The news in October that Russia’s Alrosa, the world’s biggest diamond producer, was joining forces with fellow major De Beers as part of a pilot to test a new technology, won’t have come as much of a surprise to most.

The two gem producers, which together control around two thirds of the upstream market, may be rivals in the nominal sense, but theirs has been a competition essentially underscored by co-existence and cooperation ever since the first sales contracts were inked between the USSR and De Beers in the early 1960s.

What caught the eye, however, is the specific technology that the two groups are trialling: an end-to-end diamond blockchain programme.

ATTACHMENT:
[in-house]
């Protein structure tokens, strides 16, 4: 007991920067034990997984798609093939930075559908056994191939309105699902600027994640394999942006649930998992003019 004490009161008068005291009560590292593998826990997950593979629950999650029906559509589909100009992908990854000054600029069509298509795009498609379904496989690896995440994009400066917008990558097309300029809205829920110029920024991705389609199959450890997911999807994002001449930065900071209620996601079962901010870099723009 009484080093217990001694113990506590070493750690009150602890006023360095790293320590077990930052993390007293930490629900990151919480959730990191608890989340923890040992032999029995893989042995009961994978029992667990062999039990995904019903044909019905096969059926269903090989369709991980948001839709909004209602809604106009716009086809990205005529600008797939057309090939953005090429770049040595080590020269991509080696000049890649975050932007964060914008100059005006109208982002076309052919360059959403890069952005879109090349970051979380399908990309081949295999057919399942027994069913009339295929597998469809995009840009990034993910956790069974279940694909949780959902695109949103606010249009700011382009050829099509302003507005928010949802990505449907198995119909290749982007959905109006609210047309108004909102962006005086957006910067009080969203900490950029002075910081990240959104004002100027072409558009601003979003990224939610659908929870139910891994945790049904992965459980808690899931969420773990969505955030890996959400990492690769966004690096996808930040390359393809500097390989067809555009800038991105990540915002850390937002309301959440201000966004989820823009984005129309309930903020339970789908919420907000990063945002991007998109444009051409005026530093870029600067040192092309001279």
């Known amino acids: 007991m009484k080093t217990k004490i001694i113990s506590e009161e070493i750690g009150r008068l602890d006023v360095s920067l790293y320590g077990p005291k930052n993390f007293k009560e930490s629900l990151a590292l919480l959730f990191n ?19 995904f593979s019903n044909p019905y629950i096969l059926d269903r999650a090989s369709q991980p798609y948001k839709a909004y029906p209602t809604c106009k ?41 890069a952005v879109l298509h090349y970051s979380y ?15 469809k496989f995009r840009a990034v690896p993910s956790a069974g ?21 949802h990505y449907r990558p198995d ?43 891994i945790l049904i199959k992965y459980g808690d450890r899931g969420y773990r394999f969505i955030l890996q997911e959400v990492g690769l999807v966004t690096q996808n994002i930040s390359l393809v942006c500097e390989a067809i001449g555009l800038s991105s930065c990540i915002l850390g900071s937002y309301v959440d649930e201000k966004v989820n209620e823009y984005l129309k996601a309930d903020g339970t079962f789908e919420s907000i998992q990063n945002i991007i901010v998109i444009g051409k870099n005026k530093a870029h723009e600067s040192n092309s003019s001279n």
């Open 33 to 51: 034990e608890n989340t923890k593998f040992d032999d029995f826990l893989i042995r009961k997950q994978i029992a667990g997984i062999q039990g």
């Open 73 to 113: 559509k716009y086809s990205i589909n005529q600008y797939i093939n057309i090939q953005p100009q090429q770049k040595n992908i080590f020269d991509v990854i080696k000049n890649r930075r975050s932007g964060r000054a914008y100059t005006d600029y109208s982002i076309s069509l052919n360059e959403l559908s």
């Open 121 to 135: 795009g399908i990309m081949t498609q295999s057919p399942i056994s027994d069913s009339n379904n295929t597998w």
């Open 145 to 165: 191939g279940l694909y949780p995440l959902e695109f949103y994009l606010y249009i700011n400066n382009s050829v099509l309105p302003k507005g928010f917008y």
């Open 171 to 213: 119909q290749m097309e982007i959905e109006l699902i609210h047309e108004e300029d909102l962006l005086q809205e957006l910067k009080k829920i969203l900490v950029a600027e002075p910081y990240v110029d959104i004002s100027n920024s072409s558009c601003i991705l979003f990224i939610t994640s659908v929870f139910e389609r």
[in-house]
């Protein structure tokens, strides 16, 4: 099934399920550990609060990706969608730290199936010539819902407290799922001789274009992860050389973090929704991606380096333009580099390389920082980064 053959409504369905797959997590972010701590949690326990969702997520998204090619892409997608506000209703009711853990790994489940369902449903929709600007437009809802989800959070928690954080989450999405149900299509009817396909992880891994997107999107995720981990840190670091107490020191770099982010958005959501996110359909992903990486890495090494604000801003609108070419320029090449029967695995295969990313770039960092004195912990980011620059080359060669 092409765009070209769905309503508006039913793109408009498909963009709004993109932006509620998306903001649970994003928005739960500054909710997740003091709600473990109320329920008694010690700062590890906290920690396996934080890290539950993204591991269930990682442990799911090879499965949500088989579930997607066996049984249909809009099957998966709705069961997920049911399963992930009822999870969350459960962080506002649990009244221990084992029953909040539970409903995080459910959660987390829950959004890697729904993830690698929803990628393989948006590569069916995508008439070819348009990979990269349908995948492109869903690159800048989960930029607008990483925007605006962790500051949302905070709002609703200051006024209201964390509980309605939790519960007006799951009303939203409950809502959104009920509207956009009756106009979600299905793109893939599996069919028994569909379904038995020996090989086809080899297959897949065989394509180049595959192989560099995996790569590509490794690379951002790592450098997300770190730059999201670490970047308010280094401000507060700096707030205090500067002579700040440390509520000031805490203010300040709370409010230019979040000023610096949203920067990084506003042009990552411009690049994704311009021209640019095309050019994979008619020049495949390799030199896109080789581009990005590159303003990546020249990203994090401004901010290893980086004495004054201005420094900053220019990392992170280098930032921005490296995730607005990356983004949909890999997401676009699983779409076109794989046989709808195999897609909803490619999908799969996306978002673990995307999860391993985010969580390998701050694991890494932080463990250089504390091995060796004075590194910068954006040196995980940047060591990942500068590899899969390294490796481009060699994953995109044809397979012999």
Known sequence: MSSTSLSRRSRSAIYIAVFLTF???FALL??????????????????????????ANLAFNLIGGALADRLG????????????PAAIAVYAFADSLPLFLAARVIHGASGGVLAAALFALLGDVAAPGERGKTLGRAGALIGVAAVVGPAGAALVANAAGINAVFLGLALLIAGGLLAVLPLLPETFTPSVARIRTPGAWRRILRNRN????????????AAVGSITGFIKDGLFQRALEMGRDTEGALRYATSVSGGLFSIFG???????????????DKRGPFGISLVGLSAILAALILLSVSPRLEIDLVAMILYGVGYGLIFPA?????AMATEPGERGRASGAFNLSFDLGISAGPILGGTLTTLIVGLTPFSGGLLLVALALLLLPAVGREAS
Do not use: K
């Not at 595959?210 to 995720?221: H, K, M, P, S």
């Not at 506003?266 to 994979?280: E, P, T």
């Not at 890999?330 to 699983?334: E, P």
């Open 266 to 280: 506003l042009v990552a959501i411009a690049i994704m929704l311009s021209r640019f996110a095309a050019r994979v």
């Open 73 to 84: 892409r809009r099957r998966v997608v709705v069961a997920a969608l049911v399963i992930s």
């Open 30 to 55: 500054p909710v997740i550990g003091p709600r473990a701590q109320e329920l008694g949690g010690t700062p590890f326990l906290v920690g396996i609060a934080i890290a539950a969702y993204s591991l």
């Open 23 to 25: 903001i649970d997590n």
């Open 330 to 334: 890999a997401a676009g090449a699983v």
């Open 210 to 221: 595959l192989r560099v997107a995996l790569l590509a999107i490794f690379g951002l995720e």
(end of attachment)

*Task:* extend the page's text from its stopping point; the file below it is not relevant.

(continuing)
The miners are utilising a tracking platform, known as Tracr, developed and launched by Anglo-American-owned De Beers at the start of 2018, in a bid to remove imposters and conflict precious rocks – more commonly known as blood diamonds – from the supply chain.

To hear De Beers’ chief executive Bruce Cleaver tell it, the programme “will enable more of the world’s diamonds to be tracked from their journey from mine to retail”.

In other words, it could give consumers, as well as other trade participants in the mining industry, peace of mind that the gemstones they handle have been ethically sourced. It could also allow for earlier detection and removal of synthetically-tampered gems – or ‘fakes’ as they are known in dealer parlance.

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Tracr comprises a shared database of transactions maintained by a network of computers, or nodes, with each diamond given a unique ID that stores identifying characteristics, including weight, colour and clarity.